SUNDANCE REVIEW: WHIPLASH

Whiplashnew

Image : sundance.org

Text by : Natasha Samtani

January 17, 2014

Today, few musicians, if any, are truly considered the greatest of their time.  Why?  Two words: good job.  This is the resonating message of one of this year’s nominees for the US Dramatic Competition at the Sundance Film Festival, Whiplash

What could have been just another film about a struggling musician hoping to succeed against all odds, Whiplash, which premiered last night proves far from banal.  This short-film turned feature is an unglamorous portrayal of the plights of a striving musician attending a hyper-competitive music conservatory.  Ultimately, he desires to be the greatest drummer of his time despite the wrath of his stringent and at times manic conductor. 

This drama is a stellar combination of high-impact, awkward, and heart-wrenching scenes that cumulate in a highly successful piece. Consisting of incredible cinematography and extraordinary performances by both Miles Teller and J.K Simmons, the film serves as an unbelievable breakthrough for the leading actors, as well as a career-defining moment for 28 year-old writer-director Damien Chazelle.  Teller, who plays the 19-year old drummer, puts on a soul-driven and extremely moving performance with literal blood, sweat, and tears.  Simmons’ portrayal of the conductor is almost terrifying, as he embodies the ruthless spirit of his character in all respects.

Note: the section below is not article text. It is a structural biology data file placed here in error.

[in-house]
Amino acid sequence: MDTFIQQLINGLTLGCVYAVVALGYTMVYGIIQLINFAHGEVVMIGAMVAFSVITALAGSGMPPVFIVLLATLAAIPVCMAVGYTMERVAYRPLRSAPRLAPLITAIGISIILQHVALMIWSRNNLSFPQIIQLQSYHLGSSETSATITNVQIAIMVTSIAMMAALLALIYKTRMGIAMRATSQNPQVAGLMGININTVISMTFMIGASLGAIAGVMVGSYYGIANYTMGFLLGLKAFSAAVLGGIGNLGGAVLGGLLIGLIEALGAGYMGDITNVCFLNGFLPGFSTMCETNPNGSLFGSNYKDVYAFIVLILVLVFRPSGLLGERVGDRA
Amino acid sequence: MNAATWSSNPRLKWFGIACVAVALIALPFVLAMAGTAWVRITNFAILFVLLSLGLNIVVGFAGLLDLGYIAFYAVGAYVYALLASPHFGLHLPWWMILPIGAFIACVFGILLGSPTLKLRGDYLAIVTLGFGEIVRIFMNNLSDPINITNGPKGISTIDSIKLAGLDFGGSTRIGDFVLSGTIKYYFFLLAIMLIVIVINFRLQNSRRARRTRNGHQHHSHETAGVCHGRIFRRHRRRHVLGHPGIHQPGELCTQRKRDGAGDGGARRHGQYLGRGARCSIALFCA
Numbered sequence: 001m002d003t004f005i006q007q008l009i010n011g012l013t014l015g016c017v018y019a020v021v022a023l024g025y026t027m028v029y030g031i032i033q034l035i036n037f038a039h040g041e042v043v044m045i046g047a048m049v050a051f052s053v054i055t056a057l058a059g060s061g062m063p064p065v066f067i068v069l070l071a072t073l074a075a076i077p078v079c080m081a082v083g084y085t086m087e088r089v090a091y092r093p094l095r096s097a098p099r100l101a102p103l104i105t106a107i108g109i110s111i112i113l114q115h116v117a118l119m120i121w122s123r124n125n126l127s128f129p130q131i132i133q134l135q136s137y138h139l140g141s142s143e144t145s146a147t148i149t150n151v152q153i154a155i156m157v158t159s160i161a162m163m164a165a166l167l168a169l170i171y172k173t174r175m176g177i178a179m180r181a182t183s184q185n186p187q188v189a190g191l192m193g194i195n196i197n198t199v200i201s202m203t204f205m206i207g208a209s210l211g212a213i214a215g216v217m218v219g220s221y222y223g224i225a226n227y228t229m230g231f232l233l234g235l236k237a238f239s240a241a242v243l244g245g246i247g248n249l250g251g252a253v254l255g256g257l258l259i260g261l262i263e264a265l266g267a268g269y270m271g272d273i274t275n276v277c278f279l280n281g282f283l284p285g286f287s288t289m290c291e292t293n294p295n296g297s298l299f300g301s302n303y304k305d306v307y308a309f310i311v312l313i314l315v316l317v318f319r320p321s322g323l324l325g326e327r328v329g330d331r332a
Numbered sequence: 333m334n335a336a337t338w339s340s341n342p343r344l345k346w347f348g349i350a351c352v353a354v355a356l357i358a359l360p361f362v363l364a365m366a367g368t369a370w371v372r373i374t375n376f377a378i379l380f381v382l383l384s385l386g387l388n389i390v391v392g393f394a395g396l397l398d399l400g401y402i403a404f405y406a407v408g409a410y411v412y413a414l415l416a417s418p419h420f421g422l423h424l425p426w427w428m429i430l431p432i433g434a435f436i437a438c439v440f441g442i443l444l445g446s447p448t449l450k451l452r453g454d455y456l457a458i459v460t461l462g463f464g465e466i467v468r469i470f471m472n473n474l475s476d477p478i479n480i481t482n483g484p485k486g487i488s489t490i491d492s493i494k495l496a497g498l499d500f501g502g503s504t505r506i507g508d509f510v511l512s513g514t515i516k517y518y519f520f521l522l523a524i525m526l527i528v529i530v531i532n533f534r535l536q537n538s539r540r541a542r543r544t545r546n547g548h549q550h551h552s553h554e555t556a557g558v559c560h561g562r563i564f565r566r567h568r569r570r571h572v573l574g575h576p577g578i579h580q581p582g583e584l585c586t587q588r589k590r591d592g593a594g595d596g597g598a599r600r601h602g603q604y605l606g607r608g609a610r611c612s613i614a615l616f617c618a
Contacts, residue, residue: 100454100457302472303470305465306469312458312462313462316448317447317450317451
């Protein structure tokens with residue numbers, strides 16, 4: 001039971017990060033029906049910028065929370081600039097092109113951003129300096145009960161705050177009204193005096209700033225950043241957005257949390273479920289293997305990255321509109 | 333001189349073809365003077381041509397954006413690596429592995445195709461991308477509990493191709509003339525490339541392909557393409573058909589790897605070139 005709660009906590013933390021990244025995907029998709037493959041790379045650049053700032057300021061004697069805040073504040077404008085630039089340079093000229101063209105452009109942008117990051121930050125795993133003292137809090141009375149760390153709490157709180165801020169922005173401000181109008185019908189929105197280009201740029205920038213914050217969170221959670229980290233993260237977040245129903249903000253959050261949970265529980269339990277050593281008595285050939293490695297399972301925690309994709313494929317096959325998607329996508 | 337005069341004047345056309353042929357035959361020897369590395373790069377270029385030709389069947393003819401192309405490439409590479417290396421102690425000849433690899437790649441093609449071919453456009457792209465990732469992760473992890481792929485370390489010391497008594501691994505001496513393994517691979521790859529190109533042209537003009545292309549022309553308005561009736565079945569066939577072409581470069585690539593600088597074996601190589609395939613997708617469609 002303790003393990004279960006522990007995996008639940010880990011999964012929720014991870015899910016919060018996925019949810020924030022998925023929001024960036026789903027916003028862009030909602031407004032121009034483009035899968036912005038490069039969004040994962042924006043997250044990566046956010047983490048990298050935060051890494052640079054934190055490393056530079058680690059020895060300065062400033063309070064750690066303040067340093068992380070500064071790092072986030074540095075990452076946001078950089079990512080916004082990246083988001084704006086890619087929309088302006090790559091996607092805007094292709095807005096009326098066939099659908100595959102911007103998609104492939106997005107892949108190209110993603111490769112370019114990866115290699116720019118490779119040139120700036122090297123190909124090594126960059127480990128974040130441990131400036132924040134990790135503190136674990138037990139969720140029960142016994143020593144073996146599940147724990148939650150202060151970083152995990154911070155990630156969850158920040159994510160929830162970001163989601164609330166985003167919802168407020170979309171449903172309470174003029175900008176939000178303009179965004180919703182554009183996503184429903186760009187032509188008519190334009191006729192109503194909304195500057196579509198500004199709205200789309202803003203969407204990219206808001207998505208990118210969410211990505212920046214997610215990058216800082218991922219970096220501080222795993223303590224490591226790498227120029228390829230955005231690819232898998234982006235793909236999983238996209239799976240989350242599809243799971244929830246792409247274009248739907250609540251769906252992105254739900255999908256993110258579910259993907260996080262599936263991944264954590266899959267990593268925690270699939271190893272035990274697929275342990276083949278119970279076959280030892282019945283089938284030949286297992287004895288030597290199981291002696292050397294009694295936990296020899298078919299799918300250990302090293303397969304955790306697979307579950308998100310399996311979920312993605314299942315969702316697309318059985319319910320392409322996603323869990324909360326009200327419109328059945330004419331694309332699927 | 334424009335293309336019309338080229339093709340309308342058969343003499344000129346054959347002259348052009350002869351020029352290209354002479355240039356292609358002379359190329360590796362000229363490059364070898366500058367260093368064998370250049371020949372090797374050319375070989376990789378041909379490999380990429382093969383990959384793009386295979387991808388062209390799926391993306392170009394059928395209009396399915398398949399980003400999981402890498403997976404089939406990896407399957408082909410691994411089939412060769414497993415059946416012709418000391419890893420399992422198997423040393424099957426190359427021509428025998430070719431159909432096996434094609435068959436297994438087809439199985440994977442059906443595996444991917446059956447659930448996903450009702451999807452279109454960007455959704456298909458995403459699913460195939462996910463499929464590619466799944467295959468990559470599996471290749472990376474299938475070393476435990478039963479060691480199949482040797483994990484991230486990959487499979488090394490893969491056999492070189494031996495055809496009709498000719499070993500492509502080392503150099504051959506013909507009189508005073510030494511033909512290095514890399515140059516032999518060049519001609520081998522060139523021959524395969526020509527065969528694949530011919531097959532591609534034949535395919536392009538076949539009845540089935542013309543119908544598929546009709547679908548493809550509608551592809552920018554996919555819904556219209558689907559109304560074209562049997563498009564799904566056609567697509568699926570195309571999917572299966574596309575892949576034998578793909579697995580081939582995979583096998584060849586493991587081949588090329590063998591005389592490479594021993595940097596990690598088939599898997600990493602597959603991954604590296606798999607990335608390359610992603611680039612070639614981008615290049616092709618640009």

Highly inspired, the film is loosely based off of the director’s personal experience and drives home the message that there is no line when it comes to pushing boundaries in the quest to being the best.  Chazelle can expect both critical and financial success following the premier last night, as it was officially announced that Sony Pictures Worldwide has acquired the film’s international distribution rights.